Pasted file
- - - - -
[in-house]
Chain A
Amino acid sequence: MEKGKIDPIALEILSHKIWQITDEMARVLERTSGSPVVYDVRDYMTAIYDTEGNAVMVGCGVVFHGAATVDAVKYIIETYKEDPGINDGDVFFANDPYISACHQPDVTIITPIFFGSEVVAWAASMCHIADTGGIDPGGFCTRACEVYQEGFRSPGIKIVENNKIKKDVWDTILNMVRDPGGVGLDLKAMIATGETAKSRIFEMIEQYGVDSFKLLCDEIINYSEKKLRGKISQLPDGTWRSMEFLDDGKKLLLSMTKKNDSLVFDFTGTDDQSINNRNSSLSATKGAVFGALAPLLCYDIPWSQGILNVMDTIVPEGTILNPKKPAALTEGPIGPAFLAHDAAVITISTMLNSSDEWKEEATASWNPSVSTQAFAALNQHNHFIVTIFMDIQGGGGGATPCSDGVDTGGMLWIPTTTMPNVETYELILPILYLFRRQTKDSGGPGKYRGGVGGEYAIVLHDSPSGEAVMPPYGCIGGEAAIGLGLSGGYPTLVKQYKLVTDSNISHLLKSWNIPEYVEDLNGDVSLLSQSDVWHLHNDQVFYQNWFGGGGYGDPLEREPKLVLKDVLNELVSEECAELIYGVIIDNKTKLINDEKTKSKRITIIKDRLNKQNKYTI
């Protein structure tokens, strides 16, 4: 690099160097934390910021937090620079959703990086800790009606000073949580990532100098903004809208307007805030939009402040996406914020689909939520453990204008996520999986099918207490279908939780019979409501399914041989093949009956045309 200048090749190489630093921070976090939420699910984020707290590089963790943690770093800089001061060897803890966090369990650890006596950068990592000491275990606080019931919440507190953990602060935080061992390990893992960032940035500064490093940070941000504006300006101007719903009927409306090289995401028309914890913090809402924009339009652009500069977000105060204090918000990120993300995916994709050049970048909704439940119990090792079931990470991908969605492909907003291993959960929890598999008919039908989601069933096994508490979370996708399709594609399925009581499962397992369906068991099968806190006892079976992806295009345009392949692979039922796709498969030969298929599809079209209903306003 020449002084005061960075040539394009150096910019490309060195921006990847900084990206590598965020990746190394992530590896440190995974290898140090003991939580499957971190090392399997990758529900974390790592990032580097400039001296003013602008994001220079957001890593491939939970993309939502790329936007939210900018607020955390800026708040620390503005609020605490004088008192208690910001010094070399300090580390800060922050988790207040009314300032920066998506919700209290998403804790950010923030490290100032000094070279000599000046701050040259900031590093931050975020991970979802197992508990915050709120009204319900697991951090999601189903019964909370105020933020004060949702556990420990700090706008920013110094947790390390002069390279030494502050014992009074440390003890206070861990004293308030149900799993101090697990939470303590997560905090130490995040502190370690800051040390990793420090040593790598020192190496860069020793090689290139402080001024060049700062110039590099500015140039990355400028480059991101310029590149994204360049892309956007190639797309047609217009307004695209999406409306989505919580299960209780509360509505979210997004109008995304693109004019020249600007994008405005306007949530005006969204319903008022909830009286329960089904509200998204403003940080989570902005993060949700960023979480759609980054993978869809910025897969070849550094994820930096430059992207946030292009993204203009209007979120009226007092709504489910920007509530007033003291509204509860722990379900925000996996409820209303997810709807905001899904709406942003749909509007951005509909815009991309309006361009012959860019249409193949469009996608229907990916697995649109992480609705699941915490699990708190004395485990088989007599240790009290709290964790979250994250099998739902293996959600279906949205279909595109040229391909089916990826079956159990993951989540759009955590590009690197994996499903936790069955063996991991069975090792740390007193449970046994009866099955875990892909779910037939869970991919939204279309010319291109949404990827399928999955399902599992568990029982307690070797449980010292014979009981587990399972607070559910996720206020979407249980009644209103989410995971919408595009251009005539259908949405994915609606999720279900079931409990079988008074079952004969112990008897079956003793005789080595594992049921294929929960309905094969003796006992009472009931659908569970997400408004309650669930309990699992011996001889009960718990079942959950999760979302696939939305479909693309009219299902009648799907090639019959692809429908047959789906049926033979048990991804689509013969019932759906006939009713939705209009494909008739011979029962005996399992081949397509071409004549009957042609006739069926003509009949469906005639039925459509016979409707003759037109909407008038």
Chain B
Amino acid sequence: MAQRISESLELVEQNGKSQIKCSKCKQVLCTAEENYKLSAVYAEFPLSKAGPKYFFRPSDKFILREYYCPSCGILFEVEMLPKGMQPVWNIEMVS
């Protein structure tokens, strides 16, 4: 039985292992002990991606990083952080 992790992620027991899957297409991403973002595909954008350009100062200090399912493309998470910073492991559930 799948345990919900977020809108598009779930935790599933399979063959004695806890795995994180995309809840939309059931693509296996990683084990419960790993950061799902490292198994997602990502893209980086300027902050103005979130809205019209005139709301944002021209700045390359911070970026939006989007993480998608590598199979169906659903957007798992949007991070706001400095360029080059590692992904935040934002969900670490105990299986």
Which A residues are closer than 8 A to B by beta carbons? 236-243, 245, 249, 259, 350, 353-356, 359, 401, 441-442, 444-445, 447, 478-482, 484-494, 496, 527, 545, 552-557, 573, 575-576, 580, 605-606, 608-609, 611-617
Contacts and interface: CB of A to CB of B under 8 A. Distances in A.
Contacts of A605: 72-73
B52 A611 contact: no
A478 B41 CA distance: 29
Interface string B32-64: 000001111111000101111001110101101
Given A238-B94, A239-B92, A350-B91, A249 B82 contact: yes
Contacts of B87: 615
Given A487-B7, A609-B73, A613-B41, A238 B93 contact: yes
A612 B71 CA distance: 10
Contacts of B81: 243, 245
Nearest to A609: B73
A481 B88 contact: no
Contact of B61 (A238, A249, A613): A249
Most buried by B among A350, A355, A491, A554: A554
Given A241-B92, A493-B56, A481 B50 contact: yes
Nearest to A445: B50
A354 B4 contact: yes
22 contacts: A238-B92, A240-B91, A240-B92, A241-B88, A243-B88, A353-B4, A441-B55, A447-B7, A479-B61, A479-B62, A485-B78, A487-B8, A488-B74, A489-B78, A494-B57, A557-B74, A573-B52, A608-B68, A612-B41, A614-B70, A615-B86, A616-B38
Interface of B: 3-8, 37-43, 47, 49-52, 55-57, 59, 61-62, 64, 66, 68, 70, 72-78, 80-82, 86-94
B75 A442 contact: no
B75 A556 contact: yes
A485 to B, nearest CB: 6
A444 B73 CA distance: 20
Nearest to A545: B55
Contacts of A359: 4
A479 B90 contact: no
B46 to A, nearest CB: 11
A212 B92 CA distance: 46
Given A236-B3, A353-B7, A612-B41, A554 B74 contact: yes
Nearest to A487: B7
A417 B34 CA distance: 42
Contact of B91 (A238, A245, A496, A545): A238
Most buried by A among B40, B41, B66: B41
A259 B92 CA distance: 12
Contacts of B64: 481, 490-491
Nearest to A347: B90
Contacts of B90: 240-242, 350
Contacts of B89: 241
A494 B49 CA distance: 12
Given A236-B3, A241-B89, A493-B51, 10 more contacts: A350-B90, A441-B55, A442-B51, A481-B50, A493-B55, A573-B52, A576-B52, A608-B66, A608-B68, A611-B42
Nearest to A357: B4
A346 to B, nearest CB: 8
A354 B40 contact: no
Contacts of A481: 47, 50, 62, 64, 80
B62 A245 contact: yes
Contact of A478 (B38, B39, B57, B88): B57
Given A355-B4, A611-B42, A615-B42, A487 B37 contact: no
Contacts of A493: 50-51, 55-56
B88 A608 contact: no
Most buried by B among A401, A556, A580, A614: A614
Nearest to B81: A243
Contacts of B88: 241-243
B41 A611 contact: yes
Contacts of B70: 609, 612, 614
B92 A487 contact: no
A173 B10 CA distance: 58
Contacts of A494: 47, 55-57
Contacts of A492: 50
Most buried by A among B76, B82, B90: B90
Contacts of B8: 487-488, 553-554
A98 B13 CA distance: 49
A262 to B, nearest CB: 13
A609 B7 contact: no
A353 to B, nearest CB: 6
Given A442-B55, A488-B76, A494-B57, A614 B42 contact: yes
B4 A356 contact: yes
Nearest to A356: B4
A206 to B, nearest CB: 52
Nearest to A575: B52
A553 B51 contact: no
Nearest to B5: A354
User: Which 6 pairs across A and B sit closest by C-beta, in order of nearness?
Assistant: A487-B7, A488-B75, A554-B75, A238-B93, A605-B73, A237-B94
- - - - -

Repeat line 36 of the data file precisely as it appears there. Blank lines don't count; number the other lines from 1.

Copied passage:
A212 B92 CA distance: 46